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Agricultural & Resource Economics
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Ph.D. Program

The Department of Agricultural and Resource Economics is not funding Ph.D. students at this time. We encourage you to consider applying for a M.S. in AREC to better prepare you for your future Ph.D. program.

The Ph.D. program is offered in conjunction with the Department of Economics. This interdepartmental program provides quality training competitive with other programs in agricultural economics. Graduating students are prepared for faculty positions in colleges and universities and for senior level research positions in government and private industry.

Program of study
All Ph.D. students take the same core courses in economic theory and quantitative methods. In addition, students focus in two areas of specialization. A total of 48 units of coursework plus 18 units of credit for dissertation is required. Normally, a student can expect to complete the degree in four to five years. Students who have completed previous graduate work at other institutions may be able to transfer up to 12 credit hours of coursework towards the degree.

The core coursework of the Ph.D. program consists of 24 units, completed during the first three semesters of the program. The core provides students with a high level of understanding of economic theory and equips them with a strong technical background in the methods used in economic research.

Units required
Core Coursework - 24 units
Specialization 1
Seminar Courses - 6 units
Research Workshop - 3 units
Specialization 2
Seminar Courses - 6 units
Research Workshop - 3 units
Seminar Electives - 6 units
Dissertation Research - 18 units
Total - 66 units

Areas of specialization
Beyond the core courses, students must choose two areas of specialization. Agricultural and resource economics students select at least one specialization from within AREC. The second area of specialization may be chosen from AREC or from the Department of Economics offerings.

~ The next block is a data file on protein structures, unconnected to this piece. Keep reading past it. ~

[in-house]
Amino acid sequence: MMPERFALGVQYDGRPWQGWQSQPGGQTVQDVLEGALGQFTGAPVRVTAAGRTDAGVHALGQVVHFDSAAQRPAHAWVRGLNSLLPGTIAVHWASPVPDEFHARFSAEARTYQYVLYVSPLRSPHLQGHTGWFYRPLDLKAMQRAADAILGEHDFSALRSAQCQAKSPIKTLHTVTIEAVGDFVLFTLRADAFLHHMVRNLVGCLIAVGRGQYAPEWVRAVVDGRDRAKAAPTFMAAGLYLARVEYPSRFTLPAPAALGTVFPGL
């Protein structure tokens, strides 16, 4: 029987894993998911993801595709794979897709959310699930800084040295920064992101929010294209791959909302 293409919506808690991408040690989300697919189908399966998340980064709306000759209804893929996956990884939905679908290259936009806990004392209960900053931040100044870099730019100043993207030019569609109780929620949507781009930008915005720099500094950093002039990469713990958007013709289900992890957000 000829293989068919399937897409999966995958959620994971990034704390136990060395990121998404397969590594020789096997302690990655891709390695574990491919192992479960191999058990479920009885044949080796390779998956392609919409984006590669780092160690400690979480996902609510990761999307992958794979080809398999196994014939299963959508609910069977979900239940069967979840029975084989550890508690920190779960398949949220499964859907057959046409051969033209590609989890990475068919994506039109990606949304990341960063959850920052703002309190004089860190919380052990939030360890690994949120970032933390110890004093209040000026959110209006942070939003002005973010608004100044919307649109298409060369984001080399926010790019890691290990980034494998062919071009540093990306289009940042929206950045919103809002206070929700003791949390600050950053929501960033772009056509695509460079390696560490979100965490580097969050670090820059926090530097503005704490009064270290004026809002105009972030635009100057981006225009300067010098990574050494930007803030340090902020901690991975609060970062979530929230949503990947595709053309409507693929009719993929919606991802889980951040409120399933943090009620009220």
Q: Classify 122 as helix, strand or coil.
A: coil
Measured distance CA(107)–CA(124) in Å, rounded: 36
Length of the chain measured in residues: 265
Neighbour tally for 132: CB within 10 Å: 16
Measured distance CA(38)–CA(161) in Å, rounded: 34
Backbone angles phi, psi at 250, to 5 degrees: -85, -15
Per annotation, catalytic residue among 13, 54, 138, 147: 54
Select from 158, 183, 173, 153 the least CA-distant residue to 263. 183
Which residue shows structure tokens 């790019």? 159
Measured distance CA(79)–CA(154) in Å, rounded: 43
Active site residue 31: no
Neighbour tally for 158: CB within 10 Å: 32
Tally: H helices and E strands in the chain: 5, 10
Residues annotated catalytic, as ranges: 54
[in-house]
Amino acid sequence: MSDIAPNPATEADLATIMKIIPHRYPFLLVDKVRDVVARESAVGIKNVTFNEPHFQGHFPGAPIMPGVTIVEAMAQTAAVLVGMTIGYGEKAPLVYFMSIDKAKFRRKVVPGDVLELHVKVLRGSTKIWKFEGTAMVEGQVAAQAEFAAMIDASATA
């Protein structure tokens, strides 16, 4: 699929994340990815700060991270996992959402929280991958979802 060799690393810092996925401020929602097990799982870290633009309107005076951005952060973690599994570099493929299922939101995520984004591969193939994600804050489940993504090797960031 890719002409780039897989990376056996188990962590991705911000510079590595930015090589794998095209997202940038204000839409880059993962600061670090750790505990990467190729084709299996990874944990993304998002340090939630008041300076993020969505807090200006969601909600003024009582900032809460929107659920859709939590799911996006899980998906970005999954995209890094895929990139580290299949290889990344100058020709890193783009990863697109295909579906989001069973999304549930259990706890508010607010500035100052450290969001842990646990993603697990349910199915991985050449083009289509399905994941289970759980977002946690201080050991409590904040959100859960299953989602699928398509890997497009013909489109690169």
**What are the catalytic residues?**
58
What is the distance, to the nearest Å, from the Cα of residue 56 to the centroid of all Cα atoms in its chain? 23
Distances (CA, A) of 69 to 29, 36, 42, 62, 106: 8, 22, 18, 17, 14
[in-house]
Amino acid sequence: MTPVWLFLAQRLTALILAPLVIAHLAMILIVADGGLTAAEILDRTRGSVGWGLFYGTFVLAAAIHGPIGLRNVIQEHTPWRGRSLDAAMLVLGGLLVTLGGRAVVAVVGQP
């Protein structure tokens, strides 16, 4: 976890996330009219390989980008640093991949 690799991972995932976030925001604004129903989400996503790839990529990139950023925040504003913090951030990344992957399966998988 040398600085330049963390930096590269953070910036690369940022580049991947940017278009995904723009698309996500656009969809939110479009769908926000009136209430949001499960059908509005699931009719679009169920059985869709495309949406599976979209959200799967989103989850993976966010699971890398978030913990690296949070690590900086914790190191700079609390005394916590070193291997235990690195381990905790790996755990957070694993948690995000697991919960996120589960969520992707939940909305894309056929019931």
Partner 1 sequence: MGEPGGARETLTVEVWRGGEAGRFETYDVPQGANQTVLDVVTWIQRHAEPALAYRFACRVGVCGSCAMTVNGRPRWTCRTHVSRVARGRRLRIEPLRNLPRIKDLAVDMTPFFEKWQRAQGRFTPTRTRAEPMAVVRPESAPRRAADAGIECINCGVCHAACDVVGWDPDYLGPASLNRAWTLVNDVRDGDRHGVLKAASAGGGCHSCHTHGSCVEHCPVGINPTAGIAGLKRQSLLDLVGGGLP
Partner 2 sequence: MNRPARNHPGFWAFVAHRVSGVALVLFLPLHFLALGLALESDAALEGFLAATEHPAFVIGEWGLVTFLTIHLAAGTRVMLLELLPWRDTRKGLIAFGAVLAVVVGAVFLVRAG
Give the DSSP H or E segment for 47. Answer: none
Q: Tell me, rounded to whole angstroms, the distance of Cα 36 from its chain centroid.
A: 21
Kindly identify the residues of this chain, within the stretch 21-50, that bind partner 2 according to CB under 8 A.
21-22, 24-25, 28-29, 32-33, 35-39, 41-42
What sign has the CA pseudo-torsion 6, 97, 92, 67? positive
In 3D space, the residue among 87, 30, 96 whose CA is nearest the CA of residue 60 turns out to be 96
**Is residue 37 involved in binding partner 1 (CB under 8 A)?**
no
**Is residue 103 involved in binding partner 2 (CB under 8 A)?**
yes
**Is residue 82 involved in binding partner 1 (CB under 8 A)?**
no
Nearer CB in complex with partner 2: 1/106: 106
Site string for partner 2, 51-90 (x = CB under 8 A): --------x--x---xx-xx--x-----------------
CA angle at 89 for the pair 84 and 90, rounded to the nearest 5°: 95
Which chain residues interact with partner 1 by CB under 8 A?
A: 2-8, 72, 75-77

For each field of specialization, the student completes two seminar courses and a research workshop (two nine-unit sequences). While the seminar coursework provides a broad overview of the subject, the workshops focus on the frontiers of research in selected topic areas. The student prepares and presents two major papers: a review and synthesis of the literature on a particular topic, and an original paper that may serve as a precis of the dissertation. Faculty members from both departments participate in the workshops.

Dissertation and examinations
Ph.D. candidates are required to complete a dissertation based on original research. At least one member of the AREC faculty must serve on the student’s dissertation committee. Students are encouraged to select a Department faculty member as their principal advisor. Support for dissertation research is currently available in many areas of agricultural and resource economics. In addition to the dissertation, students are required to complete written and oral examinations. Students may have two attempts to pass each exam if needed. The Ph.D. degree will be conferred after the student has met all of the following requirements:

* completion of all coursework with a 3.0 or better grade average,
* passing scores on written proficiency examinations (taken at the end of the first year and after substantial completion of coursework),
* passing score on an oral preliminary examination, and
* successful defense of dissertation.